One of the most effective ways to get a person to vote is to mail or show her a list of her voting history — as well as her neighbors’ — along with a message that she, as well as her neighbors, will get another such list after the coming election.
That method has been controversial. In one of the early attempts to do this, the folks running the project got enough angry you’re-bullying-me calls and emails to convince them to discontinue that method. Nevertheless, it turned out to be quite effective despite its early cutoff.
Other less extreme methods along these same lines have also been shown to work. Even simply publicizing the past history without the threat of following up after the election increases turnout.
None of these works at all times in all places. That is why it is so essential to have assessments built into the efforts. A good turnout operation needs to be able to measure cost effectiveness — the cost per voter added.
The Connecticut effort is still the model for voter turnout endeavors because that approach includes a way of testing what you are trying.
Imagine a project in Hawaii that would follow the Connecticut model and would both attempt and assess turnout methods that have worked elsewhere. It would require people going door to door to make personal contact, communications specialists who developed various approaches to use, and experienced assessors.
There are three possible ways of doing this.
One is to rely on the candidates themselves. Right now in fact, candidates carry out the most effective and reflective turnout efforts, especially in big-ticket elections.
The problem is that those partisans are quite rightly not interested in increasing turnout overall. That is not their job. They are interested only in increasing turnout among their own supporters and often in suppressing the turnout of everyone else.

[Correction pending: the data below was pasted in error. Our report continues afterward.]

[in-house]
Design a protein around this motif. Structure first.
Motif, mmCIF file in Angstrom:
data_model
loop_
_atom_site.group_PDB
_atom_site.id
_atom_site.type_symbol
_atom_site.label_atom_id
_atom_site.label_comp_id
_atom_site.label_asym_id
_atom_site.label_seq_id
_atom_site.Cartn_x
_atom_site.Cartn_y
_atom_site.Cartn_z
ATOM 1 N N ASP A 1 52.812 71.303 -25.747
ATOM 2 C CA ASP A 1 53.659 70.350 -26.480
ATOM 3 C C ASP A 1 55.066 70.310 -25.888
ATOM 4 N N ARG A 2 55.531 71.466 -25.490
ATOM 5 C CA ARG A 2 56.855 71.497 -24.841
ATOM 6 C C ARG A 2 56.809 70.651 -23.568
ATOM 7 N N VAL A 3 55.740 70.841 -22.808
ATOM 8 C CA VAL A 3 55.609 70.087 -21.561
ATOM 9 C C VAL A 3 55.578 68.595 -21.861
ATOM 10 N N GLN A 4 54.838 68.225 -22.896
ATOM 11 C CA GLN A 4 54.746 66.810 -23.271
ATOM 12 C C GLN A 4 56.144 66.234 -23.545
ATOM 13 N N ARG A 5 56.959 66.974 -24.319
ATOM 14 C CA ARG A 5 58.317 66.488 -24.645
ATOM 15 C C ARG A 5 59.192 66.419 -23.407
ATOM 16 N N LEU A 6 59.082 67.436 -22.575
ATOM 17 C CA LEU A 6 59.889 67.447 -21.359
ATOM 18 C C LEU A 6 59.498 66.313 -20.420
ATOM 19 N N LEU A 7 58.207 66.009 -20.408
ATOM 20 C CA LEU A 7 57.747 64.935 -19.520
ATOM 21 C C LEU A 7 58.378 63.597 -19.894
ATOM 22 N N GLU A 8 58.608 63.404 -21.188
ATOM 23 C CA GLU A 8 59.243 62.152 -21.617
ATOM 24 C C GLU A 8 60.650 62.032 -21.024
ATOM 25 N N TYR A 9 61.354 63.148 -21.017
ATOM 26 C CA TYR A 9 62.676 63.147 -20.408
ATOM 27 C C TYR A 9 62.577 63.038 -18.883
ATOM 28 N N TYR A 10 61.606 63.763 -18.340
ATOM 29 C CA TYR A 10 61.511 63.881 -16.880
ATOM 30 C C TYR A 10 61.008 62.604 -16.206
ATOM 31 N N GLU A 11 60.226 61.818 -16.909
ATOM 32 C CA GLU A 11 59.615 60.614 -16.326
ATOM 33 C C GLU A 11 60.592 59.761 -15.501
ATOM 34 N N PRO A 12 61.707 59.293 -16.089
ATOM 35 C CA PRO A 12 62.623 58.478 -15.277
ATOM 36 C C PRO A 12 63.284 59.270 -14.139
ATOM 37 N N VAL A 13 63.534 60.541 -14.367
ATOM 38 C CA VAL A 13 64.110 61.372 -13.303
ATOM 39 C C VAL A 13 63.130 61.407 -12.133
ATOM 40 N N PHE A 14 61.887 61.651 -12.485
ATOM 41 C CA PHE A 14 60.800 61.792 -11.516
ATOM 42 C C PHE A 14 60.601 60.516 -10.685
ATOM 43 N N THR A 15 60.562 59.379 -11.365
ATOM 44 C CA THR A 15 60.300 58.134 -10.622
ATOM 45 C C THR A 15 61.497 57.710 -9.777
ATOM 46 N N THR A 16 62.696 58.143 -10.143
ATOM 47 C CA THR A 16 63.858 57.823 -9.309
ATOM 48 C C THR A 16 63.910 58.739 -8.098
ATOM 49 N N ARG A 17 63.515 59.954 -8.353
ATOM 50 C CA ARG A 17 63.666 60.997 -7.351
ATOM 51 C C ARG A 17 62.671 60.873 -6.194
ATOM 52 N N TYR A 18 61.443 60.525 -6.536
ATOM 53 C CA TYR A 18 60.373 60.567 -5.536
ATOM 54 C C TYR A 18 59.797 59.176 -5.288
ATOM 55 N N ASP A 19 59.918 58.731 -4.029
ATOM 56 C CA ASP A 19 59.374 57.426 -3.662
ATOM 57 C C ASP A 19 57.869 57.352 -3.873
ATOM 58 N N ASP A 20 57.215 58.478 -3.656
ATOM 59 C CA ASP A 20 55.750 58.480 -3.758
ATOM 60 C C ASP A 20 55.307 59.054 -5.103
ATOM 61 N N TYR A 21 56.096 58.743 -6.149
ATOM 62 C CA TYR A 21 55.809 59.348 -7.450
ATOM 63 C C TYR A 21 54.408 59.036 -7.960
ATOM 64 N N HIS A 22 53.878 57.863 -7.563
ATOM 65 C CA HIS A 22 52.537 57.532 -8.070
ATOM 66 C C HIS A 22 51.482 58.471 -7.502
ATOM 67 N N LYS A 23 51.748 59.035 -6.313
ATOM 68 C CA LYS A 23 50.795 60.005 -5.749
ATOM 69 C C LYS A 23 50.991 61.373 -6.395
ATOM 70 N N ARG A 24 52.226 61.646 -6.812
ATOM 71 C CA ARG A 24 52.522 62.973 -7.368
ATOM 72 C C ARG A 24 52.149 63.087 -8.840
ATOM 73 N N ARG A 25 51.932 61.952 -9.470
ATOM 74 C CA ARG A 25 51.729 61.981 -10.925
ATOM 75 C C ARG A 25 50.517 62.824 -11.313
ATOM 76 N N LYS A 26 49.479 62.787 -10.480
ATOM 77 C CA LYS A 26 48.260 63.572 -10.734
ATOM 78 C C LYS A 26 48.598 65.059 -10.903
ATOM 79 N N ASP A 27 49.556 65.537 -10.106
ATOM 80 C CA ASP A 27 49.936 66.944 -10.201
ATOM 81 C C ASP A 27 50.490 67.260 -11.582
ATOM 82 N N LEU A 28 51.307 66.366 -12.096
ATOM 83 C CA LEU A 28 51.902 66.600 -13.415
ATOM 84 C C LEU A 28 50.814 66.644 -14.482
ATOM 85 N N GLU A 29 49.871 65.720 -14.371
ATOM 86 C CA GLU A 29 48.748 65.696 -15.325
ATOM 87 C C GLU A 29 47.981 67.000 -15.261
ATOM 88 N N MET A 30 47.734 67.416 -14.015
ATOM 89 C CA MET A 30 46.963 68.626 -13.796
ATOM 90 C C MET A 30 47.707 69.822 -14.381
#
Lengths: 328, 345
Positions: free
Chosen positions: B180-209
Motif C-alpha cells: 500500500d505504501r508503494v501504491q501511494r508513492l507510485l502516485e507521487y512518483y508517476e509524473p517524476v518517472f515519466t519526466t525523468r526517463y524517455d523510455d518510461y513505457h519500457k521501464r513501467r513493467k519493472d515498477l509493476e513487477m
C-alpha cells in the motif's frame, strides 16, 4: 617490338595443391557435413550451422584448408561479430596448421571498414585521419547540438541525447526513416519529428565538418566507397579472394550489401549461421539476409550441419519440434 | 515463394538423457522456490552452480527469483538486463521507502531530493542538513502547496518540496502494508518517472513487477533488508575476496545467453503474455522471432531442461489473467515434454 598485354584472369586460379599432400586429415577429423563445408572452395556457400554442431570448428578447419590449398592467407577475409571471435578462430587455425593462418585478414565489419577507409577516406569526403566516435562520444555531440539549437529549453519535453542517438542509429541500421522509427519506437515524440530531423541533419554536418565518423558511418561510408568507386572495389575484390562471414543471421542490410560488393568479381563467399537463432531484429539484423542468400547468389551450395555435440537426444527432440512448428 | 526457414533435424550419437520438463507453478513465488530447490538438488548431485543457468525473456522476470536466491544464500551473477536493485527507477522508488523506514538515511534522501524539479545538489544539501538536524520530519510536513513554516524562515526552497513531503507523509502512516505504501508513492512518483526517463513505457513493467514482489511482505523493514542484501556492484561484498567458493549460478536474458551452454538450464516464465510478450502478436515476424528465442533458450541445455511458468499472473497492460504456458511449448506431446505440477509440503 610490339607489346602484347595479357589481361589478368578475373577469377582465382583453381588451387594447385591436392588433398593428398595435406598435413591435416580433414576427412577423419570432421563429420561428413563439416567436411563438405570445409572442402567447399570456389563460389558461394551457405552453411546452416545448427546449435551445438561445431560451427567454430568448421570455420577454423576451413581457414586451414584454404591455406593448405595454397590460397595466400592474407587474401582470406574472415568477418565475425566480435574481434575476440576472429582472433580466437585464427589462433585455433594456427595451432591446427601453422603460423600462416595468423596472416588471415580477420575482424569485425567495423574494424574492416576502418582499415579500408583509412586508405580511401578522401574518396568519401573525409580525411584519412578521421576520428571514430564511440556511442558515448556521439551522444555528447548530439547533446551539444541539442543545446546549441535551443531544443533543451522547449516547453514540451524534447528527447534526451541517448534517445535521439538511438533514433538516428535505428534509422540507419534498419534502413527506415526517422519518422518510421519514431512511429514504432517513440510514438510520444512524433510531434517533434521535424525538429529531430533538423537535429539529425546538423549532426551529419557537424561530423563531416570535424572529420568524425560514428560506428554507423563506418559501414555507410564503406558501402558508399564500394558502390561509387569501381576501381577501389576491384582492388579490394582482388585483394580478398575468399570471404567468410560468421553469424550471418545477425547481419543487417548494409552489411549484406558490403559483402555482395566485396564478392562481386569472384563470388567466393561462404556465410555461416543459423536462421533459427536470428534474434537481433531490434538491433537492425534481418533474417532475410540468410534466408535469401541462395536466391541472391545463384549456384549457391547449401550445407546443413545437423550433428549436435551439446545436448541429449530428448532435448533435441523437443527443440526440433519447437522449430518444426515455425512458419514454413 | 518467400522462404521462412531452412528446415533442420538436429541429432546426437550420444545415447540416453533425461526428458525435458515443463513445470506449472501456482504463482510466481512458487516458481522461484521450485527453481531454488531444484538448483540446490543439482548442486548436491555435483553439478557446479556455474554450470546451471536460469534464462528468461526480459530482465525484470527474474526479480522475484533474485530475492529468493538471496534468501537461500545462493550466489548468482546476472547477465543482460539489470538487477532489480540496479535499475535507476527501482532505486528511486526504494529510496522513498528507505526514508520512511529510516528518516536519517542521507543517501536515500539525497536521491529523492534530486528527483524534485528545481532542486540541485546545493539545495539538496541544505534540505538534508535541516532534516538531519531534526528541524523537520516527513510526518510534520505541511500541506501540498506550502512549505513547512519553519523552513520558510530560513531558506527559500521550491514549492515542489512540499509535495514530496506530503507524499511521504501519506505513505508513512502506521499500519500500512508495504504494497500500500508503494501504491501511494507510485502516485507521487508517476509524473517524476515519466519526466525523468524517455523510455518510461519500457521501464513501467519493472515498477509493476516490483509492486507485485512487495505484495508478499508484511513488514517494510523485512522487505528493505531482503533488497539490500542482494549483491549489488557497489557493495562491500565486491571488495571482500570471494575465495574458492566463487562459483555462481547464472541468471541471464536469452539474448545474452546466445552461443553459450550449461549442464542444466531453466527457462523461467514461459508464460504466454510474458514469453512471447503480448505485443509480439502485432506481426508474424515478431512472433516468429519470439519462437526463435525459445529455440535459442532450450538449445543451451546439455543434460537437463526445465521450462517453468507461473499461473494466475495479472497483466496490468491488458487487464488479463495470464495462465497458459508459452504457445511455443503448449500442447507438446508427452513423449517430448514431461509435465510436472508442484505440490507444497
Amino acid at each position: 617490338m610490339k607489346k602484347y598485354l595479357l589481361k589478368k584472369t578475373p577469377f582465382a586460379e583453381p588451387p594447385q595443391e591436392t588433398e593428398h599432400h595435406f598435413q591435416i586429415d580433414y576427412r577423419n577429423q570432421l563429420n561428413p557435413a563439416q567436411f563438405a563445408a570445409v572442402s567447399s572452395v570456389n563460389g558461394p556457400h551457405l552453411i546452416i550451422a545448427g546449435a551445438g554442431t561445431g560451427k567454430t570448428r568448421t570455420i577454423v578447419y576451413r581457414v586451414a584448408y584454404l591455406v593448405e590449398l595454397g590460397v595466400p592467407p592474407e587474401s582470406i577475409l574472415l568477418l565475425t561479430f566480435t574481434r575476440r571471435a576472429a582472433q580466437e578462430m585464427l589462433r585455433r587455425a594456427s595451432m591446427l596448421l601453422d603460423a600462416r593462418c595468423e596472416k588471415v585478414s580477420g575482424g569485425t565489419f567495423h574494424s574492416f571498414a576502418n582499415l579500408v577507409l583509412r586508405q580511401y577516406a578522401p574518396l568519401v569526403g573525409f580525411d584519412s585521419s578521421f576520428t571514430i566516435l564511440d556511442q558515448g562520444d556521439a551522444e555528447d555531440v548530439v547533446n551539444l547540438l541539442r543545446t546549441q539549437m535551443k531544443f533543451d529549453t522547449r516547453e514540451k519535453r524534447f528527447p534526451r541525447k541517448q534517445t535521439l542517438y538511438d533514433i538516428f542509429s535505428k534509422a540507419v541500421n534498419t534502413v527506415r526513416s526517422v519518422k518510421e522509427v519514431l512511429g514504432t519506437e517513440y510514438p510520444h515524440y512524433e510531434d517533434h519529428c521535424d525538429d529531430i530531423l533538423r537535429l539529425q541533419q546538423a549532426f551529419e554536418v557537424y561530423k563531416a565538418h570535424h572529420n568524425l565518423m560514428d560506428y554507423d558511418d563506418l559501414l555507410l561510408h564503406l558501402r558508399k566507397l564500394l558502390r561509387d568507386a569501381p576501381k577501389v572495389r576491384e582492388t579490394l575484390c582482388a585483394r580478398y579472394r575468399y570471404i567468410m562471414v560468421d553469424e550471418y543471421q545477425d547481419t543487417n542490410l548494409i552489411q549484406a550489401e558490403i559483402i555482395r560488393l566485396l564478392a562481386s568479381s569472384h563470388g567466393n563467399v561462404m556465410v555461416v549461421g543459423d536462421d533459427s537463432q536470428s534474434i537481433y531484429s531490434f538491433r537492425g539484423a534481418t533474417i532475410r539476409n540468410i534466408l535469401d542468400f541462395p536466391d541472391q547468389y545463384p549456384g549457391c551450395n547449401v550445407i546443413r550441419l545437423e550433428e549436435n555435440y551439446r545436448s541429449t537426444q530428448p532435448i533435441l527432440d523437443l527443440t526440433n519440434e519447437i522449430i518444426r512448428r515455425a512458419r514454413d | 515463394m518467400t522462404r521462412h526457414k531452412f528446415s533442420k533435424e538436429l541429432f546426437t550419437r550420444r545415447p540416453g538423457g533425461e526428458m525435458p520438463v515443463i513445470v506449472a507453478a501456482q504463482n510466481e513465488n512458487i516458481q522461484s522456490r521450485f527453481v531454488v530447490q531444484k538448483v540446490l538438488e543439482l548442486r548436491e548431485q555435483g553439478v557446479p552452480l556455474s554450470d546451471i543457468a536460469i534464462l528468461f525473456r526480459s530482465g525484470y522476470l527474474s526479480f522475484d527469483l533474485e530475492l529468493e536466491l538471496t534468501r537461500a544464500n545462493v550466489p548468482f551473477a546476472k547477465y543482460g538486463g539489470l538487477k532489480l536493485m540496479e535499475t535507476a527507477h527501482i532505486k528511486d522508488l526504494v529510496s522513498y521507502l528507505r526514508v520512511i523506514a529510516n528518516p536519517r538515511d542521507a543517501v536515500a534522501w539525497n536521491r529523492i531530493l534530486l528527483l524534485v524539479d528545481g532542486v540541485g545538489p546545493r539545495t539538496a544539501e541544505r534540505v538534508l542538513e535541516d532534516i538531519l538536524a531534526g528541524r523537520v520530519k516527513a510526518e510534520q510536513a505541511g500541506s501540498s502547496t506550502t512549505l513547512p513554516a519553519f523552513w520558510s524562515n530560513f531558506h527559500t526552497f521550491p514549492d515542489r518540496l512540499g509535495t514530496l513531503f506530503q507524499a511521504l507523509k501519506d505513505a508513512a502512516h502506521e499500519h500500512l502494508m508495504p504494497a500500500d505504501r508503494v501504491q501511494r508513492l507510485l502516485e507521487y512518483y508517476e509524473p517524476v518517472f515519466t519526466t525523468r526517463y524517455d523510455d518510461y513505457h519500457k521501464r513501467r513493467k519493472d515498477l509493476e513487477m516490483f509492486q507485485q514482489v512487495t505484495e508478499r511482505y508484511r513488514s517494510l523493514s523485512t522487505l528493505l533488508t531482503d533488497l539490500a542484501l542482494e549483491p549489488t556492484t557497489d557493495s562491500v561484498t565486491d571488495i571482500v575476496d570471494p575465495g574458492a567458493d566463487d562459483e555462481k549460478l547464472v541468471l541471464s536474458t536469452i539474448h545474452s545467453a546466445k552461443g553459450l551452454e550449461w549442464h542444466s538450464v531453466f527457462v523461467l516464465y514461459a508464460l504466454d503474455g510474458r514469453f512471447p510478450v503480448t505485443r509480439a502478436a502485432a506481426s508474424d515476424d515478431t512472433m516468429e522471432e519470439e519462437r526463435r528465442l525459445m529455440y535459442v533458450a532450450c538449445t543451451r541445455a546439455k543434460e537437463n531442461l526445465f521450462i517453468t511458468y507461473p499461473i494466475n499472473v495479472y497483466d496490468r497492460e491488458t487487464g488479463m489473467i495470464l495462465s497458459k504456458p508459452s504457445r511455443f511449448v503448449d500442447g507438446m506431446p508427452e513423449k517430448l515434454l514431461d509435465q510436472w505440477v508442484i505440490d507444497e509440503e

Another alternative would turn over the responsibility to Hawaii’s state government, but it’s safe to say that right now no agency in state government has this capacity, the will, or the funds. And it would be a really bad idea to broaden the mission of a state Office of Elections that has trouble grasping the concept that the number of available ballots should equal the number of voters.
The best alternative depends on using Hawaii civic organization dedicated to raising the overall level of civic engagement, like the League of Women Voters or Common Cause, to spearhead this effort.
(I am a member of the Common Cause board of directors, but these are my personal opinions and have never been endorsed or even discussed by that board.)
Kanu Hawaii may be the organization with the best potential for doing this because it has run voter registration drives in the past that by Hawaii standards were extremely well organized. What Kanu, as well as any other group, needs to make this go is money.
Federal tax laws allow good government groups to support voter drives as long as the organization doesn’t advocate in favor of a particular candidate.
Even so, the funds for such a project would have to come from private foundations or civic-minded philanthropists.
This strategy will not turn things around in a dramatic way. The state is not going to jump from its 44 percent turnout in the 2012 presidential race to the 70-plus percent in the highest-turnout states or even to the 59 percent national average.
In fact it is late to mount a full-scale turnout project in time for the 2014 elections. The Legislature recently passed bills that make voter registration easier. Those should help a little, but the really significant change, the ability to register to vote on the day of an election, does not take effect until 2018.
The long-term turnout problem is certainly not going to go away by itself. The sooner that people begin to plan the difficult, piecemeal, continuous but systematic slog needed to increase turnout, the better.
Even with a good plan, the changes will come gradually, but an increase of a couple of percentage points that continues to grow over time is significant, certainly better than the unproductive cycle of despair and moralizing that is the case now.
And what does it say about Hawaii’s commitment to democracy if people here continue to rely on the same bromides over and over, even though they don’t work?